Sources of the Waite/Smith Tarot Symbols by Robert V. O'Neill The Tower

The Tower

Three WindowsWirthT de Marseille
Crown TopWestcottT de Marseille
Gold CrownPiedmontese
Round CrownWestcott
LightningWirthT de MarseilleRothschild
Window FlamesVachetta
SparksWirthT de MarseilleRosenwald
Two FallingWirthT de MarseilleRothschild
Man on LeftWirthT de Marseille
Woman on RightPiedmontese
He blue tunicDellarocca


  1. Tower on Peak - The theme of stark mountains arises again, and suggest that this card relates to an experience on the “mountain journey” of the mystic.

  2. The lightning is shaped like the “Flaming Sword” a concept from QBLH in which a single line is drawn through all of the sephiroth from the first (Kether) to the tenth (Malkuth), describing a lightning bolt. The crown atop the tower may reference the first sephiroth, Kether = Crown, but that would place it at the wrong end of the Lightning Bolt.

    The specific shape of the Lightning Bolt may have been influenced by W. B. Yeats. (See Magician footnote #2 for hints that Yeats influenced the design of the cards.)

    The Tower became a powerful symbol in Yeats's later poetry (Melchiori, The Whole Mystery of Art, Routledge and Kegan Paul, 1960), and he actually purchased and lived in an old Tower. Graf (W. B. Yeats Twentieth Century Magus, Weiser, 2000) shows that he regarded the Flaming Sword or Lightning Bolt as the path by which he received his poetic inspiration. Graf (24) shows an image of the tree with Lightning Bolt that was pasted in the back of Yeats's 1893 notebook.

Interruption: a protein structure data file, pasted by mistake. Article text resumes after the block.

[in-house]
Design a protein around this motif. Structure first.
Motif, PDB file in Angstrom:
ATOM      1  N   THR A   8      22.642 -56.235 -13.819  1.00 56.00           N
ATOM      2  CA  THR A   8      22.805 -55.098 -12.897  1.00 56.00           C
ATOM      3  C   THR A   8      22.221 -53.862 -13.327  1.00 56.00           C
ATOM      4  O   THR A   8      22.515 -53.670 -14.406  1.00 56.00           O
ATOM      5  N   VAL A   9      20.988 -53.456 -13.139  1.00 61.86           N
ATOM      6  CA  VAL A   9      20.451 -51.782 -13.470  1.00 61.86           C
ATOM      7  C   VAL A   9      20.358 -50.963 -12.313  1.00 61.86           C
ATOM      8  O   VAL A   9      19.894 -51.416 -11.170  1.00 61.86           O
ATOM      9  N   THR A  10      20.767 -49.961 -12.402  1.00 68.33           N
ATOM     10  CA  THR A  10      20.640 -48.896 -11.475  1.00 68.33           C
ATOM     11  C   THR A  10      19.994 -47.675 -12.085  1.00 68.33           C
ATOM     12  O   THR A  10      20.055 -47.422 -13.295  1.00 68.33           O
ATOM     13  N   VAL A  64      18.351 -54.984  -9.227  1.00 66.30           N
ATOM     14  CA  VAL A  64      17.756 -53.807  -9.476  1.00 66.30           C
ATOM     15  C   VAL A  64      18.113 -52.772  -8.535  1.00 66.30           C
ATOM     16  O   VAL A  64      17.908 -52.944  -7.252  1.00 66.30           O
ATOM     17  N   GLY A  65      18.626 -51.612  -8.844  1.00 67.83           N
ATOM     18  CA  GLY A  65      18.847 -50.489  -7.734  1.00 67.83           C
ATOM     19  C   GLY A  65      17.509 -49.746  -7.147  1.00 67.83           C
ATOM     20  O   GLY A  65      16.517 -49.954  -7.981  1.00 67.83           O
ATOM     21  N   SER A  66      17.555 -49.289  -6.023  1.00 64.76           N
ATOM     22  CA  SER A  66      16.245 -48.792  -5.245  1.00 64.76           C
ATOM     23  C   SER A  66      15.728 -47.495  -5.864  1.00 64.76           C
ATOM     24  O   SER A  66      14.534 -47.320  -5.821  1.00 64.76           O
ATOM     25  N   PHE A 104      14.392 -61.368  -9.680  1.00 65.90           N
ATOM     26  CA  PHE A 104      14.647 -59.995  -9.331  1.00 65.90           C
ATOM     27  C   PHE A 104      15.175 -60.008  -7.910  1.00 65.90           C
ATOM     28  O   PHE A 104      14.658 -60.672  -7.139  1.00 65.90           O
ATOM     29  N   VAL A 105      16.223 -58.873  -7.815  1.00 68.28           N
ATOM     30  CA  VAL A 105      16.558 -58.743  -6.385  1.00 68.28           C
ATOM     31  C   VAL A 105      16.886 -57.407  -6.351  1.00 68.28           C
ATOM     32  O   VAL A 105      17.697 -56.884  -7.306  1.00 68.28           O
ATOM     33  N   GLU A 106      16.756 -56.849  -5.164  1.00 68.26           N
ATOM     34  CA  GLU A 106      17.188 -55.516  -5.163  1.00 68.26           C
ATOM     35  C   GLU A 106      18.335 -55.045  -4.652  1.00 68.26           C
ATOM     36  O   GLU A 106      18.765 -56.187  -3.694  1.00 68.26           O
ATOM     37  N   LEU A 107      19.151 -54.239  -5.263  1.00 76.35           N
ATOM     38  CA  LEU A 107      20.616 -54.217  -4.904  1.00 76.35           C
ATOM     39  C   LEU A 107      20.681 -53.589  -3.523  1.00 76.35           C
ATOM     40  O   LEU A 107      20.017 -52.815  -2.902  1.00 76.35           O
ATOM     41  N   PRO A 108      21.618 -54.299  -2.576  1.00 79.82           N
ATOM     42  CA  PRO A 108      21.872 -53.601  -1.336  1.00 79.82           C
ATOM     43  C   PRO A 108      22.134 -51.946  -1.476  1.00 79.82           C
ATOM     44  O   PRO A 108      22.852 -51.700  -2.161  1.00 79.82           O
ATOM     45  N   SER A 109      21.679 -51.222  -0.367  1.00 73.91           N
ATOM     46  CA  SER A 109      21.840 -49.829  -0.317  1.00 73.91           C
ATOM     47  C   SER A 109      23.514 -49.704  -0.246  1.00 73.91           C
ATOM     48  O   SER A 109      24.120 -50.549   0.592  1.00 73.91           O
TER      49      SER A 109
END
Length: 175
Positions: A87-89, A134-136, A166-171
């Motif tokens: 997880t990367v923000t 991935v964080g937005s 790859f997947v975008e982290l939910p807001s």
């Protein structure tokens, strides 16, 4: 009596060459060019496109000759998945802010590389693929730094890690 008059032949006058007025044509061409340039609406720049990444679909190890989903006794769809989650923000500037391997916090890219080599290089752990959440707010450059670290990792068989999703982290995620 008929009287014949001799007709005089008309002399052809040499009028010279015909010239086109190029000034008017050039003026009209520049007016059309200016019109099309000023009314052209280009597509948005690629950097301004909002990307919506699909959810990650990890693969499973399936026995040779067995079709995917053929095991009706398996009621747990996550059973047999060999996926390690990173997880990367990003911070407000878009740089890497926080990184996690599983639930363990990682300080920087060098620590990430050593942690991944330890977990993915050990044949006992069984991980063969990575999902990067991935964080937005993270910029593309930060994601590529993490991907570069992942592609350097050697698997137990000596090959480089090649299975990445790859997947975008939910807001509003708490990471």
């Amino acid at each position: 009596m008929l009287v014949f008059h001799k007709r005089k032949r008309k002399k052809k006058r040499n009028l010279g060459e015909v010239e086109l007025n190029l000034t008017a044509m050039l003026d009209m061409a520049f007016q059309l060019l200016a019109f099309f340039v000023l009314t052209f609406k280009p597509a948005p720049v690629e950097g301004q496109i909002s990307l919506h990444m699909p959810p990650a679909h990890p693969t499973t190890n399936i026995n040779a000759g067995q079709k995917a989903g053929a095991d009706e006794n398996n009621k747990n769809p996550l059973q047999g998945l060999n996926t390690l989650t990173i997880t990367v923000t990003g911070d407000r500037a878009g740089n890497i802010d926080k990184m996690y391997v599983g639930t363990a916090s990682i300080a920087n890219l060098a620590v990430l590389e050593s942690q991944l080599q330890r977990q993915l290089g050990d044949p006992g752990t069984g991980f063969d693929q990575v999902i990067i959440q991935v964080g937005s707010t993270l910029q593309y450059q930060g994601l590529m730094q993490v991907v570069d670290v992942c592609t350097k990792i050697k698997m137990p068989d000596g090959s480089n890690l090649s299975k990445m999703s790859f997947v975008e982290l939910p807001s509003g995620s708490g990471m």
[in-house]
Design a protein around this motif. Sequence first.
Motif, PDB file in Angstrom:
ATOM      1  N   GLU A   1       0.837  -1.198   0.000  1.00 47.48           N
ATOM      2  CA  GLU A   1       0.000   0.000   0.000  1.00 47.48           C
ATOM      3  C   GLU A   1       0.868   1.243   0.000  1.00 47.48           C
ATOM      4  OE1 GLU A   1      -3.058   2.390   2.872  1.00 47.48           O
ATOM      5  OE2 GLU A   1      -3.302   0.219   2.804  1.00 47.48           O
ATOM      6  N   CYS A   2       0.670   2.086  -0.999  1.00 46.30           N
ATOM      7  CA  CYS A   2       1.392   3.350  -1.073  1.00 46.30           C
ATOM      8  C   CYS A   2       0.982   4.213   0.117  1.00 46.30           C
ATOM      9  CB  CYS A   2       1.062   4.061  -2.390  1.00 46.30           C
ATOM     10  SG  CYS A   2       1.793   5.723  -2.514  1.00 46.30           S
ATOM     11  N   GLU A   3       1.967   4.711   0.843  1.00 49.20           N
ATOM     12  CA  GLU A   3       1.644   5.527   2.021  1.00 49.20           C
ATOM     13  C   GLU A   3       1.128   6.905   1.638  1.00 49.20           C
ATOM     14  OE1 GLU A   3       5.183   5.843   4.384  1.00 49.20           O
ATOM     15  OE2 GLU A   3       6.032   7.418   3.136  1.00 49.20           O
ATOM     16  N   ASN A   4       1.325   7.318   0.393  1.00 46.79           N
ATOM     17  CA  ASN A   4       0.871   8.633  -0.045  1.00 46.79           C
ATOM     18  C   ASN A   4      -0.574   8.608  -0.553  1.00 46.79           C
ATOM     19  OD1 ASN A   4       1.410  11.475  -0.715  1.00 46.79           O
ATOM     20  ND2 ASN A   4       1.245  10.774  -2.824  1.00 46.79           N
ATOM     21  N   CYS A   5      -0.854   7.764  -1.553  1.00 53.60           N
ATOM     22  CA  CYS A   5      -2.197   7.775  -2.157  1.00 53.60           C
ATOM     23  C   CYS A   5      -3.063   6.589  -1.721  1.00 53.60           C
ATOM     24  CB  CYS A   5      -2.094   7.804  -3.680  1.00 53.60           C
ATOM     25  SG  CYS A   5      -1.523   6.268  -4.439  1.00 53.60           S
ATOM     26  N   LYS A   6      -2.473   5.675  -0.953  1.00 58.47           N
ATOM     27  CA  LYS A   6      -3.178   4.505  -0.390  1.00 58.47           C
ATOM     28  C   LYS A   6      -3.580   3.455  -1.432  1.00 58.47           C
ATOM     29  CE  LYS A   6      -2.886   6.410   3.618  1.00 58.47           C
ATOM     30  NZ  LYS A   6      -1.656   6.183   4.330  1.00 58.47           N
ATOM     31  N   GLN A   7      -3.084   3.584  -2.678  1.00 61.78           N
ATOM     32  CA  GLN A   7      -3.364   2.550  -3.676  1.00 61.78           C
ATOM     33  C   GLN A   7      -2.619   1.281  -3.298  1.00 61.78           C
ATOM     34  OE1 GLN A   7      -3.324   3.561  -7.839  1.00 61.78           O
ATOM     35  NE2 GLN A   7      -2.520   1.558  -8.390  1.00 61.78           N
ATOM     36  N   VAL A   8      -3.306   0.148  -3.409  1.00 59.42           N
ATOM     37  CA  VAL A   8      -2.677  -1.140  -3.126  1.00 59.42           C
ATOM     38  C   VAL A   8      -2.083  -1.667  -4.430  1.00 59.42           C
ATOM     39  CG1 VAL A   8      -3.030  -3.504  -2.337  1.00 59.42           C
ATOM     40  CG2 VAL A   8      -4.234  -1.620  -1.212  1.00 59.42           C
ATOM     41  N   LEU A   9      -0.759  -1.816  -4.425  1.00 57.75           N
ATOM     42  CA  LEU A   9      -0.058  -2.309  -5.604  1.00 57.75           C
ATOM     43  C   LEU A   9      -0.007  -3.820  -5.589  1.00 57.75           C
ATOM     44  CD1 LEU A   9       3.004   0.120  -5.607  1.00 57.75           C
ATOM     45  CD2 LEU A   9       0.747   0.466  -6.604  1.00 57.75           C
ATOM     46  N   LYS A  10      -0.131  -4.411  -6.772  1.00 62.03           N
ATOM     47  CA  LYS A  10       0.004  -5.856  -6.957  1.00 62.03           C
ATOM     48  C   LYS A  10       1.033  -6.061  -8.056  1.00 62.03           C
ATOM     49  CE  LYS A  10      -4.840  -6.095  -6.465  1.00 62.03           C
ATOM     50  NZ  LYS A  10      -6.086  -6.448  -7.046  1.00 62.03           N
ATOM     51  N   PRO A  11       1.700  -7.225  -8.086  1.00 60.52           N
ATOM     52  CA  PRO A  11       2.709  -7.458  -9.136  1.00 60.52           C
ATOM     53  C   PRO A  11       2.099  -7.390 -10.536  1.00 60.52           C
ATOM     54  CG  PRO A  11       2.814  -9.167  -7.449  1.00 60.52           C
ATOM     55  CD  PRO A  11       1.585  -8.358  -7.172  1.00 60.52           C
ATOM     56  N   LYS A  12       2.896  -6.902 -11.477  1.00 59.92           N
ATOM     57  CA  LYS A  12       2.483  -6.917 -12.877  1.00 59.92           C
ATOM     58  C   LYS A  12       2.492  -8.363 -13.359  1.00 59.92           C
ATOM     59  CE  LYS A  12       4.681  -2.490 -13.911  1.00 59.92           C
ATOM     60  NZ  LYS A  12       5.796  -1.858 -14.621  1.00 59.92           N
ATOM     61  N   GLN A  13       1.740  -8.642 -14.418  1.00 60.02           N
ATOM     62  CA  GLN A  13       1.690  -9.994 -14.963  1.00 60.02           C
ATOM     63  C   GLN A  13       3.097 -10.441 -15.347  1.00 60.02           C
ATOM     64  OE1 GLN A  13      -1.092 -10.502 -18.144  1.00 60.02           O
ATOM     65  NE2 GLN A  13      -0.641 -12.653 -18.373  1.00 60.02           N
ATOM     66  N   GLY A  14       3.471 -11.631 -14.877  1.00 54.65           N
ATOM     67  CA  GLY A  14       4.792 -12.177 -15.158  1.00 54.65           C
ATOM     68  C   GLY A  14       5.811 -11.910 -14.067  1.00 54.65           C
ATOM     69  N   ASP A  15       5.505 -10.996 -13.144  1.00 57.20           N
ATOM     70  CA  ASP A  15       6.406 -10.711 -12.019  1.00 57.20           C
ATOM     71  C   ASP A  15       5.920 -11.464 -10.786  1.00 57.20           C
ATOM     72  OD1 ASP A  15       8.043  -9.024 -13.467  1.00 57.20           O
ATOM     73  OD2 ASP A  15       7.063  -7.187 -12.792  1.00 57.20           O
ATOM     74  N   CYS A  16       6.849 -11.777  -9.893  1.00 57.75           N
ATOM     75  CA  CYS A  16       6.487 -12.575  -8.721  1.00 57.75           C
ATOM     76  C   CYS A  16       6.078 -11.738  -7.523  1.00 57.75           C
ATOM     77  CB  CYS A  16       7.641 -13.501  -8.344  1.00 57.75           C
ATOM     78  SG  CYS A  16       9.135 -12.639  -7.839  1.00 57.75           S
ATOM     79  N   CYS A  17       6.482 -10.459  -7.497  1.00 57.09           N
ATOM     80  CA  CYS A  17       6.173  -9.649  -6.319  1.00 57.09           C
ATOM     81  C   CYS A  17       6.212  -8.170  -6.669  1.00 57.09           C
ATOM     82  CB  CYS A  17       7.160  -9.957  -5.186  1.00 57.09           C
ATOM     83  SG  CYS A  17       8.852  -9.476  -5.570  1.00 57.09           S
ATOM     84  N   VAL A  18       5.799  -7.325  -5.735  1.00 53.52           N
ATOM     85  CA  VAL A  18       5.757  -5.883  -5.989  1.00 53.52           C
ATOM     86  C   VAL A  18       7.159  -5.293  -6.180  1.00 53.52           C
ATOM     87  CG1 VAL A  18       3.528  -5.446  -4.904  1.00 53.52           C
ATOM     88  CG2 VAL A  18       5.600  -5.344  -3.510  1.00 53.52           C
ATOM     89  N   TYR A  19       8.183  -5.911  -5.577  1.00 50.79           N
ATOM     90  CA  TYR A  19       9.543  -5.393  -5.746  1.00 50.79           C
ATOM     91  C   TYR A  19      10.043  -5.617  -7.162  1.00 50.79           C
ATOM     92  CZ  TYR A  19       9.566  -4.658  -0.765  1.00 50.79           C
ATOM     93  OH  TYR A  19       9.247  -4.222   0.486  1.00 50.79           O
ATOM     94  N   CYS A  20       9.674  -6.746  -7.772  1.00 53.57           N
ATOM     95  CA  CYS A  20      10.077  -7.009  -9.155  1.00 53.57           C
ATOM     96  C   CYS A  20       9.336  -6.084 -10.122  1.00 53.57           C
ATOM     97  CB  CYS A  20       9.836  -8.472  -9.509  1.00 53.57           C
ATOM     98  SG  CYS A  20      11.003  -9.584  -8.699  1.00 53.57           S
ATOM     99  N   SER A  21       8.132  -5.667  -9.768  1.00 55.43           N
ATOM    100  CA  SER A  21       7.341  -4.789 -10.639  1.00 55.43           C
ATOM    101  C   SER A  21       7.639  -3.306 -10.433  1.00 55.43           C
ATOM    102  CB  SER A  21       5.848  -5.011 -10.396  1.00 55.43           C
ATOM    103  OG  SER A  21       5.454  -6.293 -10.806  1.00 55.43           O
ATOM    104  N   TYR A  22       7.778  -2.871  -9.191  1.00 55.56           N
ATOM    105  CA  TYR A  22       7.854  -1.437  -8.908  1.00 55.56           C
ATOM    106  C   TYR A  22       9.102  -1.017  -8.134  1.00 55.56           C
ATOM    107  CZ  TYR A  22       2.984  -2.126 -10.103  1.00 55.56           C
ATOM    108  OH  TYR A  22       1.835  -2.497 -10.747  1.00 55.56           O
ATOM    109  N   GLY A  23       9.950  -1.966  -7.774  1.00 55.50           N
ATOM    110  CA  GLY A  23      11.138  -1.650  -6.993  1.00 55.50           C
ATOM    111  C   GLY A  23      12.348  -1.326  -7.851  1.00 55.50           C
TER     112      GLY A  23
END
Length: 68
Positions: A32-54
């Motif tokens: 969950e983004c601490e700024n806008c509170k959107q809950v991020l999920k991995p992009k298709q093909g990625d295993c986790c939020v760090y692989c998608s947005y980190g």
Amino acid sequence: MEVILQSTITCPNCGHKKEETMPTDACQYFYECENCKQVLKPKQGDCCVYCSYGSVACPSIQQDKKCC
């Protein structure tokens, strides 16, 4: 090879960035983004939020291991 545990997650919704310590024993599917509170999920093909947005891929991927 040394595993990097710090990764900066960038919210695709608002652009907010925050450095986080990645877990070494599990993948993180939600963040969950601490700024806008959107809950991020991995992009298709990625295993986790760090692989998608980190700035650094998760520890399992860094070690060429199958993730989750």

3. In The Works of Thomas Vaughan (p 262), Waite relates a vision that seems to relate to the Tower. Vaughan presents the vision in the form of a letter from the Brothers of the Rosy Cross:

    “There is a mountain situated in the midst of the earth....When you have discovered the Mountain the first miracle that will appear is this: a vehement and very great wind that will shake the Mountain and shatter the rocks to pieces....After this wind will come an earthquake that will overthrow those things which the wind hath left and make all flat. But be sure that you fall not off... there shall follow a fire that will consume the earthly rubbish....After all these things and near the daybreak there shall be a great calm; and you shall see the Day-Star arise.”

Based on original research by Robert V. O'Neill. To add to this collection of information, please email Robert V. O'Neill.

The Fool
The Magician
The High Priestess
The Empress
The Emperor
The Hierophant
The Lovers
The Chariot
The Hermit
Wheel of Fortune
The Hanged Man
The Devil
The Tower
The Star
The Moon
The Sun
The World
Introduction to Sources of the Waite/Smith Tarot Symbols

Additional Tarot History Resources Related to
Sources of the Waite/Smith Tarot Symbols

Holly's Rider-Waite Site A. E. Waite
The Hermitage: A Tarot History Site Villa Revak